Jim Sullivan - I am glad I trusted my gut

It all started because I wasn’t feeling well. After almost 2 months, I decided to visit my doctor. It’s hard to articulate something you can’t quite put your finger on – let alone diagnose it. Together, we decided to run a series of tests to see what could be wrong.
 
The one test we couldn’t agree on was the PSA Test. He thought I was too young, at 45, to be concerned with prostate cancer. I said, “It’s one extra tick on your list of tests. What’s one more blood sample?” The conversation became so heated that we quite literally broke out into a yelling match.  Finally, he agreed to run the test.

When I went back for my results, I was running through all of the possibilities in my mind. As my doctor listed the results of each test, one-by-one, it was all good news. Eventually I said, “It’s the PSA test, isn’t it?” He hung his head in response. When he finally looked up, there were tears in his eyes. He told me there was a urologist waiting to speak to me and I walked across the street, to the next building, and tried to begin wrapping my mind around what this meant.

I didn’t pause to feel sorry for myself – it just wasn’t an option. I knew that my doctors and I needed to learn more, and that an elevated PSA could mean other things, outside of prostate cancer. I didn’t want to jump to conclusions. I had my biopsy within that first week.

At first, I didn’t tell anyone about what I was going through. I drove myself to appointments – even to my own biopsy. That was a mistake. Every bump on the drive home was excruciating.  After the procedure, I was on antibiotics, however, by the end of the day, I wasn’t feeling well. Two days later, I was in the hospital again. I had a fever over 104.5, and a terrible infection. They managed to get the fever, and the infection, under control. But that was not an easy experience to manage alone.

The results from my biopsy came back and confirmed that I had prostate cancer. As soon as I found out, I had my questions ready and began looking for the answers. My doctor tried to book me in for surgery right away– I had to advocate for a second opinion.

I did as much research as I could. I decided that I wanted to find an oncologist at Princess Margaret Hospital. I attended my first ‘info’ session and was shocked. I was the youngest in the room by more than 25 years. I thought, ‘I can’t be in the right place – there’s got to be a mistake’.  My oncologist assured me that the test results were accurate and, unfortunately, I was exactly where I needed to be.

When it came time to decide on a treatment option, my oncologist was a big help; I remember one, 4-hour phone call with her. She said, “I can’t tell you what to choose. Whenever you make a decision, I want to see that you’re invested in it. You can’t rush something like this.” When I decided on Brachytherapy,  she insisted I come in to the hospital to book it – she wanted me to look her in the eyes, and show her my conviction. When I did, she knew I was ready.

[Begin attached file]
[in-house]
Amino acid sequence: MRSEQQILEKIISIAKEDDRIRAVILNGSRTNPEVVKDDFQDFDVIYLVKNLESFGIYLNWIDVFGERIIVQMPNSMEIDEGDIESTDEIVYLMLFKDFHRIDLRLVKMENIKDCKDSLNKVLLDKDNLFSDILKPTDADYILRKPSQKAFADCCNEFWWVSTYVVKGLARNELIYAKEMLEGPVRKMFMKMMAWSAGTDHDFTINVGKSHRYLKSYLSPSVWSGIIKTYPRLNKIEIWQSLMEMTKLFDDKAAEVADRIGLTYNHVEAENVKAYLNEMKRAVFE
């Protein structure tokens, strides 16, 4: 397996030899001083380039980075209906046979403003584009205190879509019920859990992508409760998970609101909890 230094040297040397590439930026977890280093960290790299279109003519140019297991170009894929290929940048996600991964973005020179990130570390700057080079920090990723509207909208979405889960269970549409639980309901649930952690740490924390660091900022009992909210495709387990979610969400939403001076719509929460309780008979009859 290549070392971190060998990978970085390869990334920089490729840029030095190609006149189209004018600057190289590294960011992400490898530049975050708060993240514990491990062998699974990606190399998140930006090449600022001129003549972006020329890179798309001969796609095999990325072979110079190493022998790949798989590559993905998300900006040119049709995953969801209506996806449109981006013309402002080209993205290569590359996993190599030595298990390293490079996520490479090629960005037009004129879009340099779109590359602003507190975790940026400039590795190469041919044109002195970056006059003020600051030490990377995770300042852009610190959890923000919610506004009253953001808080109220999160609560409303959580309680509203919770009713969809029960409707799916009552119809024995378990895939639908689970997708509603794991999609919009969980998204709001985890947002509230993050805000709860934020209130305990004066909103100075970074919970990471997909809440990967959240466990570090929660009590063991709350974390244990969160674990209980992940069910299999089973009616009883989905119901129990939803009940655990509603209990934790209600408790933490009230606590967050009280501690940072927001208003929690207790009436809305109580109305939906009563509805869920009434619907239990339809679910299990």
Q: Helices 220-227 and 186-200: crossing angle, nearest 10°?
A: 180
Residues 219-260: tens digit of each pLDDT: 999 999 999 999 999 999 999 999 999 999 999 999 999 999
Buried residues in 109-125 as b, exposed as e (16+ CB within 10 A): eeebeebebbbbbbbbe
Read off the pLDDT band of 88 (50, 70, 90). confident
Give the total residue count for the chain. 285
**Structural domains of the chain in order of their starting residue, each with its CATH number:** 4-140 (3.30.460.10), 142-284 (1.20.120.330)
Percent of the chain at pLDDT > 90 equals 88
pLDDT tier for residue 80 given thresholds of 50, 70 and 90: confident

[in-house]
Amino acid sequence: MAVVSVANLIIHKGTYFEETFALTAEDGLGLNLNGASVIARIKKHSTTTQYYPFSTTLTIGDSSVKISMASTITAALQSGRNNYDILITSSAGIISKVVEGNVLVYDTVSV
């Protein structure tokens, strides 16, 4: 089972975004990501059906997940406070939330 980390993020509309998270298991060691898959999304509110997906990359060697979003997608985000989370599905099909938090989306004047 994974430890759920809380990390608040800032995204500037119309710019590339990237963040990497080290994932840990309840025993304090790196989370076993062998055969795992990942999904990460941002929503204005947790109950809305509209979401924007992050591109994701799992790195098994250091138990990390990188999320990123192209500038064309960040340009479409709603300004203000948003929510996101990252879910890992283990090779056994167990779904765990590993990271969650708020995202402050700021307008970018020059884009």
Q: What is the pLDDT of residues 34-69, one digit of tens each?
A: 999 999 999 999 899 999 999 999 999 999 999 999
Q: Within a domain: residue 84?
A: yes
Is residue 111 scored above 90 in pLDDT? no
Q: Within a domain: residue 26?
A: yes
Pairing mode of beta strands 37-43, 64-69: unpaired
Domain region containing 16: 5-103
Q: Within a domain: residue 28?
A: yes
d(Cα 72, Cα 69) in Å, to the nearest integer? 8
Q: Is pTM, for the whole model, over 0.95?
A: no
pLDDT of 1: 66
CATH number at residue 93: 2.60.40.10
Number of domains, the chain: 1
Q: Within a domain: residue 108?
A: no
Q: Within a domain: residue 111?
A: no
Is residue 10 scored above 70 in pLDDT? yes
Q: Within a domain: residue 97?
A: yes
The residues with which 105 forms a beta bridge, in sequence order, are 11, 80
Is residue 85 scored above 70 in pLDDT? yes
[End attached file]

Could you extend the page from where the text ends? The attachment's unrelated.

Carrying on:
Prior to the treatment, I began going to a naturopath and tried to make healthier lifestyle choices. I figured, one of us is getting out alive, and it’s not going to be cancer. The treatment went well and there was nothing left to do but watch for the results.
 
Today, I’m doing great. It’s been 11 years and my PSA number is less than 0.05. The whole experience has ultimately been for the greater good; a cancer diagnosis changes everything. Being diagnosed with this disease doesn’t mean your life is over, even though it may be different. The things that used to agitate me, I’ve let go of. I used to live life, now I get life. I feel like every moment I have, from the time I was diagnosed, to now, is a bonus.

One of the hardest parts about facing prostate cancer was dealing with people’s reactions. There’s a lot of misinformation and a lot of stigma around the disease – especially as a young man. Everyone has a different way of reacting to the news, some good, some bad. In a lot ways, this is also why I’ve become an advocate for the cause. If there’s anything I can do to change just one attitude, I’ll do it.

I’m often asked for my opinion of my GP – the man who didn’t want to administer a PSA test. I hold no ill will towards him, and I still hold him in esteem. I appreciate that he was following the guidelines, and that he was basing his recommendations on the accepted practices of his field. But I am glad I trusted my gut.

My advice to men? We need to talk more and be outspoken. We need to mobilize and be proactive – not reactive. There’s so much I wish I had known earlier. Get a PSA test to establish your baseline. Surround yourself with the right people; doctors and specialists. Remember that you’re in charge and you are your own advocate – no one else is going to look after your life but you.

UPDATE: In October, 2013, Jim received the great news that he is officially cancer free.
 
“After 12 years, I received the best news of my life – I no longer have prostate cancer.  I have truly gone from a survivor to a victor. This disease can be beaten and I am living proof.”



Relevant Links:
Get more information about the PSA test
Learn more about prostate cancer risk factors
Find out what's happening during Prostate Cancer Awareness Month
Prostate Cancer Canada Releases New Recommendations


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